Both the prospective director and actor butted heads throughout these conferences. With just a couple weeks before filming set to begin, Kubrick had finally had enough of Brando's indulgences and left for greener pastures. As always, accounts differ about who did and said what, but the two were at odds even though they took pains afterward to make clear how much they admired each other. Brando, much to producer Rosenberg's chagrin, decided to take control of the directing.
Brando was a self-admitted novice. TCM quotes the actor's 1994 autobiography, in which he claimed, "I didn't know what to do." Even though he'd been a regular on film sets for some 10 years by the point of production, he hadn't absorbed all the ins and outs of production. In fact, he was entirely unconcerned with traditional questions of economics or efficiency. As the story goes, the production was "two weeks behind schedule five days into shooting."
The Actor In The Director's Chair
"One-Eyed Jacks" is littered with unforgettable images. Filmed on location in Monterey, California, it makes beautiful use of the city's seascape. Even in the blocking of actors, who all move around with a Marlon Brando-esque naturalism, there's an incredible precision. When the former convict Rio (Brando) observes a town fiesta from a balcony, the camera's pointed at him as his scarf blows wildly in the wind, casting a significant distance between him and his traitorous old friend Dad Longworth (Karl Malden).
Brando's direction in the film is substantial, finding poetry and tragedy in the confines of a revenge story. His eccentricity as an artist is directly responsible for the film's singular beauty, but it was also responsible for the fact that nobody would ever hire him to direct again.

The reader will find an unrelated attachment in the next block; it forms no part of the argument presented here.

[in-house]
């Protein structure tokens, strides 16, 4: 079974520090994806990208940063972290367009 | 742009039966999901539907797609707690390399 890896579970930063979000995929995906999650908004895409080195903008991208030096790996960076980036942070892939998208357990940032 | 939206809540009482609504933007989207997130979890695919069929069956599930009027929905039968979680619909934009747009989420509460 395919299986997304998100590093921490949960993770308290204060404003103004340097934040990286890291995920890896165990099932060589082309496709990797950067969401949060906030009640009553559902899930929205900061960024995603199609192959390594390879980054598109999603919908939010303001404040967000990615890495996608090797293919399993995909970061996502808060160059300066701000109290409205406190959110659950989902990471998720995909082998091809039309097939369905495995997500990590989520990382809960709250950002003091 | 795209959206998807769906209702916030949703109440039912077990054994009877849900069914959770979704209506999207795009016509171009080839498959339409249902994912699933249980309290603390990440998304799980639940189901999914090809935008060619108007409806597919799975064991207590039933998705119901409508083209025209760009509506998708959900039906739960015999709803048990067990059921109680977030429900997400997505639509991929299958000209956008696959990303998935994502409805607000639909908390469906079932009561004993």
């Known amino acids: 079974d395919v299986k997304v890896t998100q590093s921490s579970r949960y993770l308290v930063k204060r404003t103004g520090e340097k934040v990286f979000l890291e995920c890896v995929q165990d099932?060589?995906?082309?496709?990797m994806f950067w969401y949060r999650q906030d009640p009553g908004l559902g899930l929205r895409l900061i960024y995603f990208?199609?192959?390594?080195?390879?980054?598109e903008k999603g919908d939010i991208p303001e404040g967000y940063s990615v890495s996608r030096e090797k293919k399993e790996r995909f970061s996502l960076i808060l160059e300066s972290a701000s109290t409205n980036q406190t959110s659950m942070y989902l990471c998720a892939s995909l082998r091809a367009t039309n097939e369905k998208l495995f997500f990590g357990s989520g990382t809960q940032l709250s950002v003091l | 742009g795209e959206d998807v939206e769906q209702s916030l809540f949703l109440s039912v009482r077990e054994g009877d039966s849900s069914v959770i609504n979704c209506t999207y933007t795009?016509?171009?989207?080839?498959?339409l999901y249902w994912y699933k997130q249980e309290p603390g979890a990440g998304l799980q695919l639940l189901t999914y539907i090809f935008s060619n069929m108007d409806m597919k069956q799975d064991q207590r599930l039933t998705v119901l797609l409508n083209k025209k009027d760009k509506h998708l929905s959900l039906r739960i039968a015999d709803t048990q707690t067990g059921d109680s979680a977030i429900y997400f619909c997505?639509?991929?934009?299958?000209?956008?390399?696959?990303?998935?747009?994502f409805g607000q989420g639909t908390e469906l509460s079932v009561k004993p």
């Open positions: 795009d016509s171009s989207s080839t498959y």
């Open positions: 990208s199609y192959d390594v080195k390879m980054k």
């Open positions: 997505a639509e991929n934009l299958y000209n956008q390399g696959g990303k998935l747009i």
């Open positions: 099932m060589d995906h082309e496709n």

An actor like Brando, who at his best was committed and intense, needed the space to act. Quirky things like showing up drunk to the filming of a scene where his character was drunk might have been forgivable if all he was doing was performing. But when that allegedly happened on the set of "One-Eyed Jacks," per TCM, his drunkenness effectively nuked production for a day. And he liked improvisation too, letting actors find their characters over the course of repeated experimentation. In the process, production was running much longer than expected. The improvisation, as rewarding as it was for actors like Slim Pickens and Brando's "On The Waterfront" costar Karl Malden, led to a much longer film than expected.
In fact, Brando's preferred cut of the film ran nearly five hours, according to TCM, and the film's $1.8 million budget rose to $6 million.
Difficulties In Post-Production
When producer Frank P. Rosenberg saw that original cut of "One-Eyed Jacks," he was struck by the film's (very expensive) formlessness. According to Peter Manso's biography "Brando," he told Marlon Brando that the movie was "just an assemblage of footage." From that point, as TCM quotes him, Brando "got pretty sick of it and turned the job over to someone else."
In much the same way that Michael Cimino's 1981 Western "Heaven's Gate" came to be seen as a wasteful disaster and one that killed a studio, "One-Eyed Jacks" became known better for Brando's idiosyncratic behavior and artistic indulgences than anything to do with the actual movie. In all fairness, when the cut was taken away from him, he leaned into that as well, claiming that Paramount, in shortening the film and shooting a new ending, robbed many characters of their humanity, turning them into simple archetypes of good and evil. He felt betrayed by it, and would never choose to direct a film again.
The public reaction to the movie, between a muted critical reception and lacking box office receipts, suggested disinterest in Brando's labor of love as well. The actor had spent years building the film, struggling with personalities like Sam Peckinpah and Stanley Kubrick to do so. Like "Heaven's Gate," it took some distance from its disastrous production for its beauty to be noticed.